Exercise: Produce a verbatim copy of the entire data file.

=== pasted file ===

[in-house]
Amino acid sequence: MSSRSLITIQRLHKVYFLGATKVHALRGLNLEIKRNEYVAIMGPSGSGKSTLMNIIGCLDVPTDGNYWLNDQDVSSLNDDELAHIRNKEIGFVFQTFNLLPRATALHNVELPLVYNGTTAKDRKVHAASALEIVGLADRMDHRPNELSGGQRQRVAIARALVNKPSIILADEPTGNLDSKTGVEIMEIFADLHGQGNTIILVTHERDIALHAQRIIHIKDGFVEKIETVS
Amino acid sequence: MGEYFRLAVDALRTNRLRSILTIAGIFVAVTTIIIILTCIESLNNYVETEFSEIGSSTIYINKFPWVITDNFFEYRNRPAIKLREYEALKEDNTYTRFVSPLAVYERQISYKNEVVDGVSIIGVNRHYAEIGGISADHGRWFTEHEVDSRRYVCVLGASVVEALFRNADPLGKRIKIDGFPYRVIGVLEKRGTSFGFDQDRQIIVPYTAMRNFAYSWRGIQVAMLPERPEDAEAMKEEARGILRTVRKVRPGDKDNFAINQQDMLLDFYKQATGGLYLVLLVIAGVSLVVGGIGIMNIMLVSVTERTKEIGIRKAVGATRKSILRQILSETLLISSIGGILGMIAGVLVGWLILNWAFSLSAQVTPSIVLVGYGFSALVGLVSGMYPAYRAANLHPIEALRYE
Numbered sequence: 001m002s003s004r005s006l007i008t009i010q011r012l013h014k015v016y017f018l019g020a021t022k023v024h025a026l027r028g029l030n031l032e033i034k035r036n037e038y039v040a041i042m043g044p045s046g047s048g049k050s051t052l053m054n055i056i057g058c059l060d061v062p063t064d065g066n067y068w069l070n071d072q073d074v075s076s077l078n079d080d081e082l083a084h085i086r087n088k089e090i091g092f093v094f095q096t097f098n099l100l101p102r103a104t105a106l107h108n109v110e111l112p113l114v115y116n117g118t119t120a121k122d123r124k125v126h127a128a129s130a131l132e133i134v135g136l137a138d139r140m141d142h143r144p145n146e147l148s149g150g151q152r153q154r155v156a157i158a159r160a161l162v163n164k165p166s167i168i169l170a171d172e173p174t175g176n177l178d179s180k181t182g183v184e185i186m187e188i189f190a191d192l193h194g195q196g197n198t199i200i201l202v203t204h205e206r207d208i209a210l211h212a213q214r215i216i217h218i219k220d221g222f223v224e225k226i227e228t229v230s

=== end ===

[in-house]
Amino acid sequence: MSSRSLITIQRLHKVYFLGATKVHALRGLNLEIKRNEYVAIMGPSGSGKSTLMNIIGCLDVPTDGNYWLNDQDVSSLNDDELAHIRNKEIGFVFQTFNLLPRATALHNVELPLVYNGTTAKDRKVHAASALEIVGLADRMDHRPNELSGGQRQRVAIARALVNKPSIILADEPTGNLDSKTGVEIMEIFADLHGQGNTIILVTHERDIALHAQRIIHIKDGFVEKIETVS
Amino acid sequence: MGEYFRLAVDALRTNRLRSILTIAGIFVAVTTIIIILTCIESLNNYVETEFSEIGSSTIYINKFPWVITDNFFEYRNRPAIKLREYEALKEDNTYTRFVSPLAVYERQISYKNEVVDGVSIIGVNRHYAEIGGISADHGRWFTEHEVDSRRYVCVLGASVVEALFRNADPLGKRIKIDGFPYRVIGVLEKRGTSFGFDQDRQIIVPYTAMRNFAYSWRGIQVAMLPERPEDAEAMKEEARGILRTVRKVRPGDKDNFAINQQDMLLDFYKQATGGLYLVLLVIAGVSLVVGGIGIMNIMLVSVTERTKEIGIRKAVGATRKSILRQILSETLLISSIGGILGMIAGVLVGWLILNWAFSLSAQVTPSIVLVGYGFSALVGLVSGMYPAYRAANLHPIEALRYE
Numbered sequence: 001m002s003s004r005s006l007i008t009i010q011r012l013h014k015v016y017f018l019g020a021t022k023v024h025a026l027r028g029l030n031l032e033i034k035r036n037e038y039v040a041i042m043g044p045s046g047s048g049k050s051t052l053m054n055i056i057g058c059l060d061v062p063t064d065g066n067y068w069l070n071d072q073d074v075s076s077l078n079d080d081e082l083a084h085i086r087n088k089e090i091g092f093v094f095q096t097f098n099l100l101p102r103a104t105a106l107h108n109v110e111l112p113l114v115y116n117g118t119t120a121k122d123r124k125v126h127a128a129s130a131l132e133i134v135g136l137a138d139r140m141d142h143r144p145n146e147l148s149g150g151q152r153q154r155v156a157i158a159r160a161l162v163n164k165p166s167i168i169l170a171d172e173p174t175g176n177l178d179s180k181t182g183v184e185i186m187e188i189f190a191d192l193h194g195q196g197n198t199i200i201l202v203t204h205e206r207d208i209a210l211h212a213q214r215i216i217h218i219k220d221g222f223v224e225k226i227e228t229v230s